Letters to the Editor

Floridian voters passed Amendment 2A during this election;  after Sept. 30, 2021, minimum wage will be raised to $10, increasing $1 each subsequent year, with a limit of $15 per hour in 2026. A stunning 60% of voters supported it – I utilize the word “stunning” because raising the minimum wage is a perfectly abhorrent idea.

The theory of a minimum wage is an interesting idea. In a perfect free market economy there is no need for a government-set minimum wage, because the employer will pay the employee an amount equivalent to the work provided. But, we do not live in a perfect free market economy. Instead of natural unions forming in order to protect the working class, the government has stepped in to demand wages for all workers. From its inception, the government controlling what private industries pay private workers is fundamentally incorrect. As a third party with no interest in the actual success of businesses, governments have no right to demand what a business pays. But they still demand, and if they must mandate some wage, it is better that it be realistic than grossly inflated. Unfortunately we have reached for the latter.

At a glance, a large increase in the minimum wage sounds good for the working class: who doesn’t want an extra $5 per hour? As a worker, the increase is tantalizing, even for myself. But the passing of this amendment may end my employment. Wages rise when businesses succeed and make more money. When money is in abundance, many businesses pass down increased profits to their workers, allowing for a natural increase in payment. A government that insists on a high minimum wage circumvents this process, artificially inflating the amount of money that the workers get. In economics, this is called top-down control, and the biggest problem with top-down control is that someone has to pick up the slack that comes from more expensive laborers.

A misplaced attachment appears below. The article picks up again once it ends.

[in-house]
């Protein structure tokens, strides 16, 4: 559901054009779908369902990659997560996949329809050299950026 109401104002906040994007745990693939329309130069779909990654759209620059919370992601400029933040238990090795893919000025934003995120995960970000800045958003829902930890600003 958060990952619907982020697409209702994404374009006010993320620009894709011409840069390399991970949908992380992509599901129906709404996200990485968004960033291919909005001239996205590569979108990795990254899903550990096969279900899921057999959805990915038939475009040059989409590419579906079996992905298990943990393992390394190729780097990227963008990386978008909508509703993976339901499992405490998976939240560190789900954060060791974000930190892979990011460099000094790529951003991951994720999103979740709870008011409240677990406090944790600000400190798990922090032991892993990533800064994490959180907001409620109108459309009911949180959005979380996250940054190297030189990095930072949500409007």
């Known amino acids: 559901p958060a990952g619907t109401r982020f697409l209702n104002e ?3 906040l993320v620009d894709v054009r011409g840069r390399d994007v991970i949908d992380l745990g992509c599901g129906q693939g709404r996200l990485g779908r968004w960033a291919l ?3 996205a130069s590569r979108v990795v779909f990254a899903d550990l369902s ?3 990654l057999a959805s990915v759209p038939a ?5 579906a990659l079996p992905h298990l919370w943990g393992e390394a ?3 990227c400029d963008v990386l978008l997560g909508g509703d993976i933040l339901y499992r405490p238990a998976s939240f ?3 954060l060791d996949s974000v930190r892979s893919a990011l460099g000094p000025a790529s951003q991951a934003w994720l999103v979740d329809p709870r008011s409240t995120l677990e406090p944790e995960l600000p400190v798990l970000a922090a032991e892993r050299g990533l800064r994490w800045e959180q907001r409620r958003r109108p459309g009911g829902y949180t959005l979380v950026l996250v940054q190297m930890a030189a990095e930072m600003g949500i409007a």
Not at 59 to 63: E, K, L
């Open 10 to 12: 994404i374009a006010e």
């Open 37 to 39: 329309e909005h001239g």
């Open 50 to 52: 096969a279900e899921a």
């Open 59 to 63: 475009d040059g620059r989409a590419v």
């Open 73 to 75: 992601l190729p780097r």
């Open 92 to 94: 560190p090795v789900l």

Businesses will have to absorb the increase in costs. In order to run a successful workplace, management alots x amount of money to pay the workforce. When the minimum wage raises, the money pool used to pay workers does not — this results in firing of staff and increased intensity of work for those lucky enough to stay. This amendment has already been passed — get ready for the layoffs. Working conditions will decline, unemployment will rise and the working class will be hit hardest of all.

It is easy to say that I am wrong, that I am just guessing and that everything I say should be considered with an entire packet of salt, let alone a grain. And it should — you should double check everything I say. Check me by looking at the cities that have raised their minimum wage to $15 an hour: San Francisco, Seattle and Washington DC. Look at gas prices in those same cities: in DC gas costs $2.70 a gallon, in San Francisco and Seattle gas prices hover at around $3.10 per gallon. I personally have had the displeasure of visiting San Francisco multiple times — sandwiches cost around $15  and normal goods and services are all significantly more expensive than here. In fact, prices are scaled up by the same amount that minimum wage has increased. In short, when the minimum wage is increased, the prices of goods increase as well. Sure, you might have $30 in your pocket, but that $30 only has the purchasing power of $20.

Big government tends to have what I like to call the “Sadim touch” (Sadim is Midas, just backwards). Instead of everything it touches turning to gold, it turns into a pile of horse excrement. Wages must grow organically, that way there is an economic base to support the influx of capital being poured through businesses into the workers pocket. It is comparable to building a town — first comes a few buildings, then a convenience store, a better road, hospitalities, etc. The town grows naturally, and its infrastructure grows to support it. Imposing a minimum wage is like sticking a huge city in the middle of the desert with nothing but a small road and faulty waterline. A huge minimum wage creates top-down control, stranding the working class in a desert of unemployment and everyone else in a sea of overpriced goods. The working class ends up at square one, except this time with a higher cost of living and greater unemployment. The wealthy get to pat themselves on the back for being so nice to the workers, and the workers get to stretch their money even thinner. And everyone suffers: that’s the Sadim touch that we all know and love.

Congratulations Florida body of voters, you have successfully raised the minimum wage which will serve only to increase unemployment and the cost of ordinary goods. Good stuff everyone.

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